And another:

Matt stressed that obvious paid links offered no boost in rankings, although they do not detract. In short, he stressed that paid links are a waste of money, and that G rewards links occuring naturally. He stressed that G is getting better by the day in detecting paid links.

I know there are ways of crafting paid links so that they will appear to be naturally generated, but the effort may not be as cost effective as developing unique, compelling content which will stimulate good inbound links. At least, this was my take away from that session as well as others in which matt participated.

Sure sounds like FUD to me.

Google may have a problem determining the difference between a paid link and a freely given link. But that is their problem, not yours. Ultimately, it is Google’s job to detect whether a link is bought or not and adjust its rankings accordingly.

It’s not the Webmaster/Marketer’s job to prevent web spam.

Who wants to buy an endorsement that says “Visit this site, but I don’t really trust their products”. Imagine buying a page spread for the New York Times that has a big banner across the top that says “This site maybe in the same category as pharmaceuticals, porn, gambling, and other spam.” Right.

Google can/is effectively eliminate competition to its main cash cow (AdWords) by keeping people afraid of using any system other than AdWords for advertising. Buying a graphic ad – well don’t because Google may ban you since the site you are buying ads on may link to something Google doesn’t like. Buying a text ad – well don’t because paid links are bad. Selling ads on your site – well don’t because Google may not trust your site anymore. Adding affiliate links to your site – well don’t because Google doesn’t like “thin affiliates”. Ad nauseum.

The FUD isn’t just hurting the text link brokers and individual link buyers. The impact is widespread. Online publishers are afraid that their sites will lose rankings, so they don’t consider any alternative revenue sources (affiliate links, text link advertising, etc) and they stick with AdSense. Ad networks like text link ads lose potential business since customers are afraid of buying links. SEOs are impacted since clients are afraid of Google so they stick with AdWords. For instance, take a look at the SEO guide from Google. It is filled with FUD. There is one sentence about the benefits of SEO and about another 200 lines covering bad SEO.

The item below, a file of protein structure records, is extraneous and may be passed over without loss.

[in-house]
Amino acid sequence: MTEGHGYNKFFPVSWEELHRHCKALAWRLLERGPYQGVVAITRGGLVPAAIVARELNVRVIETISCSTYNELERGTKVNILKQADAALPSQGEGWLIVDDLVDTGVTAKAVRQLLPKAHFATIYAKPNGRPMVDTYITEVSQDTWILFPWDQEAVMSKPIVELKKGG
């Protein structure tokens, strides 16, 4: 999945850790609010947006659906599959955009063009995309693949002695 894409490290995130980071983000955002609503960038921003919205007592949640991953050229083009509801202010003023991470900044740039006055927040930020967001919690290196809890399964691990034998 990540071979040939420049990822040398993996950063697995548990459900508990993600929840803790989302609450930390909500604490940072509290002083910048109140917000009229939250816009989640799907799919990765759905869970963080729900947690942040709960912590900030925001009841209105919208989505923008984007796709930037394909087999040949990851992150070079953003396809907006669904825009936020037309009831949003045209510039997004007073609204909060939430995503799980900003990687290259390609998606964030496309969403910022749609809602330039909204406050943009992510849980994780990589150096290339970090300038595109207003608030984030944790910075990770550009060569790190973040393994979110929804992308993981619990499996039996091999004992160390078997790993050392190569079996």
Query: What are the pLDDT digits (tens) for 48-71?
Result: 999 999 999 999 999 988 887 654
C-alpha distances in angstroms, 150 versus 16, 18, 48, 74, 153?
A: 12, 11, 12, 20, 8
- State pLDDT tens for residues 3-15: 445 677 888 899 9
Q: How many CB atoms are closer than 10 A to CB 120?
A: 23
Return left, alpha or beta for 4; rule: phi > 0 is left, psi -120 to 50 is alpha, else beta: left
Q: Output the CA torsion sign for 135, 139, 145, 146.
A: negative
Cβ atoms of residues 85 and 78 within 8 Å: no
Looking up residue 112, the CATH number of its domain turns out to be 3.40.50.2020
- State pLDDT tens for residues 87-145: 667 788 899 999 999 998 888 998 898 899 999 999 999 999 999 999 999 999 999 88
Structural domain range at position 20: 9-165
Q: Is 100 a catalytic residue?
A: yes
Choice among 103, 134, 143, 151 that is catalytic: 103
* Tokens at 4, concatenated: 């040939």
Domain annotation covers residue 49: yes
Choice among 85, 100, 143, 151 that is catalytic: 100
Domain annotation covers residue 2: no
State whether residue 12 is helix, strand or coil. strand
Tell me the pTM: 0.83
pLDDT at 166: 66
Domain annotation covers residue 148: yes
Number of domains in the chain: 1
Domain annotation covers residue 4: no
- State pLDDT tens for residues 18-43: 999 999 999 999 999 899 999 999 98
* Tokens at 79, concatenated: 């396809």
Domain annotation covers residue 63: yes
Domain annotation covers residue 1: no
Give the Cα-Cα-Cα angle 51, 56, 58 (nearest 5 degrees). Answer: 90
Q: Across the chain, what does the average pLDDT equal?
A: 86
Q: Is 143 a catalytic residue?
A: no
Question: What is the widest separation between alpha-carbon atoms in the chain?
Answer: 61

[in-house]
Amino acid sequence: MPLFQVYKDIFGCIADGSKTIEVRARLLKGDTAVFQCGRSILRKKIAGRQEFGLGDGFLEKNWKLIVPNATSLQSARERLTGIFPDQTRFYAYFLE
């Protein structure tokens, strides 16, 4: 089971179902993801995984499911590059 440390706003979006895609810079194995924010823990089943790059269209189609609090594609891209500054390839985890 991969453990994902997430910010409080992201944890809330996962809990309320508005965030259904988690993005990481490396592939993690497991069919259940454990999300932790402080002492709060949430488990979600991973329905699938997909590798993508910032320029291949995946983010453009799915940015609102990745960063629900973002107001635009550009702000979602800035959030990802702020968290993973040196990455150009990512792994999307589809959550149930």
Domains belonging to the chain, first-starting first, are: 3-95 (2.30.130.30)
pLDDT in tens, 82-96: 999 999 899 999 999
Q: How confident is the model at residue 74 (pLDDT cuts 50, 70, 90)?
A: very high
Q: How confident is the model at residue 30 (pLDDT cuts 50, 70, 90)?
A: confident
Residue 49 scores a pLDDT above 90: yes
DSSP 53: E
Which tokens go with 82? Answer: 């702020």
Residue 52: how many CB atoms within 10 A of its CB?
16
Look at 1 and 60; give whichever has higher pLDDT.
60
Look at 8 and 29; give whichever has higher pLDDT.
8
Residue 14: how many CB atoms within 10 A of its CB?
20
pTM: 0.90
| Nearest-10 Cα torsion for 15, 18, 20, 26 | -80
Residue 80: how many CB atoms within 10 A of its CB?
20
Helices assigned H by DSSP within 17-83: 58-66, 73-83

Nofollow is not an option. Nofollow was created to make sure spammers get no benefit from abusing public posting areas (like trackbacks/comments/etc). Forcing site owners and advertisers to employ nofollow on their links with FUD is just low. Google needs to stop scaring site owners/advertisers and focus on producing a product that makes the debate over paid links non existent.

5 thoughts on “Google FUD Over Paid Links

  1. Here’s another one:

    I use a lot of interior linking (sitewide links) to pass PR to specific pages for each keyword I’m targetting.

    Fear: If I sell links to sites that Google deems bad, it could harm my ability to pass PR to my own pages.

  2. Michael,

    Here’s something that few people know. Google keeps track of something called your blog’s neighborhood. Those are blogs the Google considers like yours.

    Find out who’s in your neighborhood type this in the Google search box.

    related:http://www.domain.com

    You’ll be surprised who lives in your neighborhood.

    Liz
    Successful-Blog

  3. Well the things are gone even bad when you have to check all the matters concerned with SEO techniques in accordance with the policy of search engines. mostly blogs are coming from different directions and with different ways of presenting data.
    Fear:
    Did i loose my site rank if i link to any site which is facing google plenty?

  4. Pingback: Google Is Losing Its Grip On Relevance » TheMadHat